March 9 (UPI) -- Russia's top diplomat said Friday Moscow was not responsible for the poisoning of a former double agent in Britain earlier this week.
Sergei Skripal, a 66-year-old former colonel in Russia's military intelligence service, and his 33-year-old daughter were found slumped on a bench in a British shopping district Sunday. The pair are still in "very serious" condition.
British officials have said they suspect Moscow might have been behind the attack.
Foreign Minister Sergey Lavrov on Friday, though, rejected the notion that the Russian government had anything to do with their sudden illness
"We haven't heard a single fact, we only watch reportages on TV where our colleagues say with pathos with serious faces that if this was done by Russia, then the response will be such that Russia will remember it forever," Lavrov said.
"This is dishonest, this is pure propaganda, pure fanning of hysterics and hysteria."
Lavrov also said Russia is willing to help with the investigation into the nerve agent attack, adding that Moscow hadn't yet been approached by British investigators.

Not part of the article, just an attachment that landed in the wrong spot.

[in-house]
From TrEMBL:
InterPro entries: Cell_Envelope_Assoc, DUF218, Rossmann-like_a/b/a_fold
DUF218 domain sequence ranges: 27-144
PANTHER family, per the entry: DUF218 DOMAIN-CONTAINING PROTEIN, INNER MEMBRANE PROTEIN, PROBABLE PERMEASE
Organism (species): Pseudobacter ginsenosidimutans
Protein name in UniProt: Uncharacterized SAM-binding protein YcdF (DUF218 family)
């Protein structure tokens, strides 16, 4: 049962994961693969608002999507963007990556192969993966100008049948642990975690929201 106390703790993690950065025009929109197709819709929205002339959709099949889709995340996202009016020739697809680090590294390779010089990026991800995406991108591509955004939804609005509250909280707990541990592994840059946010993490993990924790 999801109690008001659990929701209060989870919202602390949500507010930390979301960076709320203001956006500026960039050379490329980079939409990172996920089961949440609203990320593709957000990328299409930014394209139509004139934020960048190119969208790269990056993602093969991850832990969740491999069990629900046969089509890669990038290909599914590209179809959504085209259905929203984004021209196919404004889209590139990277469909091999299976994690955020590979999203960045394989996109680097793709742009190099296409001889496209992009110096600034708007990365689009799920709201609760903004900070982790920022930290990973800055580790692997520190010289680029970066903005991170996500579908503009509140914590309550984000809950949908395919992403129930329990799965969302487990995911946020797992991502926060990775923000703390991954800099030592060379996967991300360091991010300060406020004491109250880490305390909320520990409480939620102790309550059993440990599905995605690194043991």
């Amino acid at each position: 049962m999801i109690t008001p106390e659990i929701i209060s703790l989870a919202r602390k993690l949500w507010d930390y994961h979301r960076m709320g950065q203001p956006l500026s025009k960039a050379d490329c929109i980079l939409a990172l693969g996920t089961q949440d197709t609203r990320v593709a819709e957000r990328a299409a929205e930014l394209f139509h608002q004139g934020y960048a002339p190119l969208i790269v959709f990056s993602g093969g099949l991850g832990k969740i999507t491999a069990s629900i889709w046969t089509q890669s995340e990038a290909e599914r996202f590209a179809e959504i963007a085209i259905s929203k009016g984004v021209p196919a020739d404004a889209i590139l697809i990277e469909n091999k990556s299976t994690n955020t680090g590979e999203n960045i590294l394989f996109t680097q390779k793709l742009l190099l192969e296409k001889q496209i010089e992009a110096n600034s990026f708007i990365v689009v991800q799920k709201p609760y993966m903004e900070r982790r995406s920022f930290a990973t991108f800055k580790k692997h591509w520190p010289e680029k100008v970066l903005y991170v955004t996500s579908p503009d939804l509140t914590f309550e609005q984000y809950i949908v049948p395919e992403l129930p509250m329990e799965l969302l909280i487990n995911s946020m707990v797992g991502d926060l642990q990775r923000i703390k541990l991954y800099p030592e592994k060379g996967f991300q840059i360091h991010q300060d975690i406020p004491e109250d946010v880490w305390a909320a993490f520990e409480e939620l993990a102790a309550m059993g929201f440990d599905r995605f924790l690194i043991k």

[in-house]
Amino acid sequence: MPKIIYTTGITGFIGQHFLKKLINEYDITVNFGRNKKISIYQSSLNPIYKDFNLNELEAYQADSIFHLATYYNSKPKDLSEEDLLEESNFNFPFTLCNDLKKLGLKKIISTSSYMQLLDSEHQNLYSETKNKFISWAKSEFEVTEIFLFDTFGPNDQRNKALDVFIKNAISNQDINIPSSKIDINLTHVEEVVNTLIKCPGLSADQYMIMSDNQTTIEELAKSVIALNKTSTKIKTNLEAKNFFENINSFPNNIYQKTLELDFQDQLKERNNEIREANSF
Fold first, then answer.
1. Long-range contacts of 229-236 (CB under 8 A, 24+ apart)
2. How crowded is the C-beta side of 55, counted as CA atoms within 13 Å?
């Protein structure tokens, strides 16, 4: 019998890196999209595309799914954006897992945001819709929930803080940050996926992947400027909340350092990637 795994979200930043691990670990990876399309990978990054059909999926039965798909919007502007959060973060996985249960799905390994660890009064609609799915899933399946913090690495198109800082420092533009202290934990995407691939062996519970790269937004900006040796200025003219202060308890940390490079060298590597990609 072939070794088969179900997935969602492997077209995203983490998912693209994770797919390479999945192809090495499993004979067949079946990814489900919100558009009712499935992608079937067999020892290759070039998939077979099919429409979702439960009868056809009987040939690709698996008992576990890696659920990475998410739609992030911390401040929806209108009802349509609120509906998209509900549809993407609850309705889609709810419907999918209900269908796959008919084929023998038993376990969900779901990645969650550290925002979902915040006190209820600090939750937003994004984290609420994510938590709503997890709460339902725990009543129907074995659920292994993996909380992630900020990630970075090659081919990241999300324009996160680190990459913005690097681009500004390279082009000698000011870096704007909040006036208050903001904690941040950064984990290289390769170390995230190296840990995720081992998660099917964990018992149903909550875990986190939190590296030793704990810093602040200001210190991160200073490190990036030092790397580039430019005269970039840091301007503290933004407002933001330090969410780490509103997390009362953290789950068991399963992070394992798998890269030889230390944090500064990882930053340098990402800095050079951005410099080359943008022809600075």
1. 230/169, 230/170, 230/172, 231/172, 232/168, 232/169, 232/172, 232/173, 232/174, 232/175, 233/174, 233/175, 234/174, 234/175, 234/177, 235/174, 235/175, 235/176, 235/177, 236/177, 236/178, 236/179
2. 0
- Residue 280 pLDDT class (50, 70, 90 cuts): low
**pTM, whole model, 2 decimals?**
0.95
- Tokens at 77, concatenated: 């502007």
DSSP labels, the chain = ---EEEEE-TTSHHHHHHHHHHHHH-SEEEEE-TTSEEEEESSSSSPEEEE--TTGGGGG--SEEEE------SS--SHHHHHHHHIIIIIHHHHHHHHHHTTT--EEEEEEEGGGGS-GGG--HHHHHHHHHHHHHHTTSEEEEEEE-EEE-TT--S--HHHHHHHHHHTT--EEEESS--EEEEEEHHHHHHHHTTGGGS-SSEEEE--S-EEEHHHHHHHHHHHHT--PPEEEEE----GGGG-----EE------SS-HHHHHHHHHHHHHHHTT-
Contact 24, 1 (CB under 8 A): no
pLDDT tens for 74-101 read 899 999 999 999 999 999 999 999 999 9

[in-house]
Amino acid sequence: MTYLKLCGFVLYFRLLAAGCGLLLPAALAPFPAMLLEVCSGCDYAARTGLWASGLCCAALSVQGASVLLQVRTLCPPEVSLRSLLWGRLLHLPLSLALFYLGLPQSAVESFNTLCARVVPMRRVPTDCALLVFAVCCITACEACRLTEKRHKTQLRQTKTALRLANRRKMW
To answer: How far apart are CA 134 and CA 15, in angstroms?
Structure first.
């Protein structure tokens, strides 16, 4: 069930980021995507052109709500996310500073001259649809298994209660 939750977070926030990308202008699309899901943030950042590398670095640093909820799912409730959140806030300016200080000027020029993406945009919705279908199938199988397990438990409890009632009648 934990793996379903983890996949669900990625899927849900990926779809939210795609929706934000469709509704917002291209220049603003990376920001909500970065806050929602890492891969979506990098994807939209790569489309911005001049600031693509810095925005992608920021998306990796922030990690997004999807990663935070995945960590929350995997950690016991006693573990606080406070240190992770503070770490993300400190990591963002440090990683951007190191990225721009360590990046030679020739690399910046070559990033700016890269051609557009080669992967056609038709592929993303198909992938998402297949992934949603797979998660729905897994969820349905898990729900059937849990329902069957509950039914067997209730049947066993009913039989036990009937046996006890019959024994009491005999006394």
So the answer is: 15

"If someone wants us to engage in an investigation, be that on the poisoning of the U.K. subject or the rumors about alleged interference in the electoral campaign of the U.S., if you really need our assistance, then we will be willing to contemplate this possibility if we have the necessary data and facts," Lavrov said.
"But in order to have a serious conversation ... you have to use the official channels."
Investigators are treating the attack as a "major incident involving attempted murder."
About 180 British military personnel were deployed on Friday to help investigate the incident and to remove potentially contaminated evidence in Salisbury.
The military personnel will include Royal Marines who are specialized in chemical warfare and decontamination.
Moscow officials have called the suggestions of Russian involvement "fake news stories" aimed at complicating relations between the Kremlin and Britain.
Skripal worked as a double agent for British intelligence and was exchanged for Russian spies in a 2010 "spy swap."